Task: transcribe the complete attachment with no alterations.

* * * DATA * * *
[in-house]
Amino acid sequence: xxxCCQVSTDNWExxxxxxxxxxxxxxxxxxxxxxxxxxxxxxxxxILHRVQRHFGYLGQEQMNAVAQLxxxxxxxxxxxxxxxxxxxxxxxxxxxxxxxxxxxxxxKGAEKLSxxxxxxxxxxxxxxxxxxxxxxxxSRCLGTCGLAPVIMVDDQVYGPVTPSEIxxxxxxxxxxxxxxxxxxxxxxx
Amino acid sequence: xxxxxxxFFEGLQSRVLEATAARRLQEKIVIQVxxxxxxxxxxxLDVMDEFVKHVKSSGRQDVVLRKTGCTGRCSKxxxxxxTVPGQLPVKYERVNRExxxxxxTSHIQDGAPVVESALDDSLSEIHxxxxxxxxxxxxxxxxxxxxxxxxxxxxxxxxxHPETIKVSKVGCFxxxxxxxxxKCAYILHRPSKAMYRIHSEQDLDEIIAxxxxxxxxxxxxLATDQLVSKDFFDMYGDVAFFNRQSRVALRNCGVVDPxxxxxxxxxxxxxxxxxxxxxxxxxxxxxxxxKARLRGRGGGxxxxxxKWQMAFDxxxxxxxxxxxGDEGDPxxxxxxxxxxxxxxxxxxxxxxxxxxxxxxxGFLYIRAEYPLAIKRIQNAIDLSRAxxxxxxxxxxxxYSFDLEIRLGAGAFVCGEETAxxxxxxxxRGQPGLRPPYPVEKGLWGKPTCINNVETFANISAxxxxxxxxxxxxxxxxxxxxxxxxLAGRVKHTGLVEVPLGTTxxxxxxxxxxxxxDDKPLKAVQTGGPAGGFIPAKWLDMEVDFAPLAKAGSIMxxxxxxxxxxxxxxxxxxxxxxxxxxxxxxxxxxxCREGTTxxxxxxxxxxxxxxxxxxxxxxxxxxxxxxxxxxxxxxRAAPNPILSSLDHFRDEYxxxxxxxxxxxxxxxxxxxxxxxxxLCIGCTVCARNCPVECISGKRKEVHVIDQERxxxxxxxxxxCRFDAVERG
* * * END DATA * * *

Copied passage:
[in-house]
Amino acid sequence: xxxCCQVSTDNWExxxxxxxxxxxxxxxxxxxxxxxxxxxxxxxxxILHRVQRHFGYLGQEQMNAVAQLxxxxxxxxxxxxxxxxxxxxxxxxxxxxxxxxxxxxxxKGAEKLSxxxxxxxxxxxxxxxxxxxxxxxxSRCLGTCGLAPVIMVDDQVYGPVTPSEIxxxxxxxxxxxxxxxxxxxxxxx
Amino acid sequence: xxxxxxxFFEGLQSRVLEATAARRLQEKIVIQVxxxxxxxxxxxLDVMDEFVKHVKSSGRQDVVLRKTGCTGRCSKxxxxxxTVPGQLPVKYERVNRExxxxxxTSHIQDGAPVVESALDDSLSEIHxxxxxxxxxxxxxxxxxxxxxxxxxxxxxxxxxHPETIKVSKVGCFxxxxxxxxxKCAYILHRPSKAMYRIHSEQDLDEIIAxxxxxxxxxxxxLATDQLVSKDFFDMYGDVAFFNRQSRVALRNCGVVDPxxxxxxxxxxxxxxxxxxxxxxxxxxxxxxxxKARLRGRGGGxxxxxxKWQMAFDxxxxxxxxxxxGDEGDPxxxxxxxxxxxxxxxxxxxxxxxxxxxxxxxGFLYIRAEYPLAIKRIQNAIDLSRAxxxxxxxxxxxxYSFDLEIRLGAGAFVCGEETAxxxxxxxxRGQPGLRPPYPVEKGLWGKPTCINNVETFANISAxxxxxxxxxxxxxxxxxxxxxxxxLAGRVKHTGLVEVPLGTTxxxxxxxxxxxxxDDKPLKAVQTGGPAGGFIPAKWLDMEVDFAPLAKAGSIMxxxxxxxxxxxxxxxxxxxxxxxxxxxxxxxxxxxCREGTTxxxxxxxxxxxxxxxxxxxxxxxxxxxxxxxxxxxxxxRAAPNPILSSLDHFRDEYxxxxxxxxxxxxxxxxxxxxxxxxxLCIGCTVCARNCPVECISGKRKEVHVIDQERxxxxxxxxxxCRFDAVERG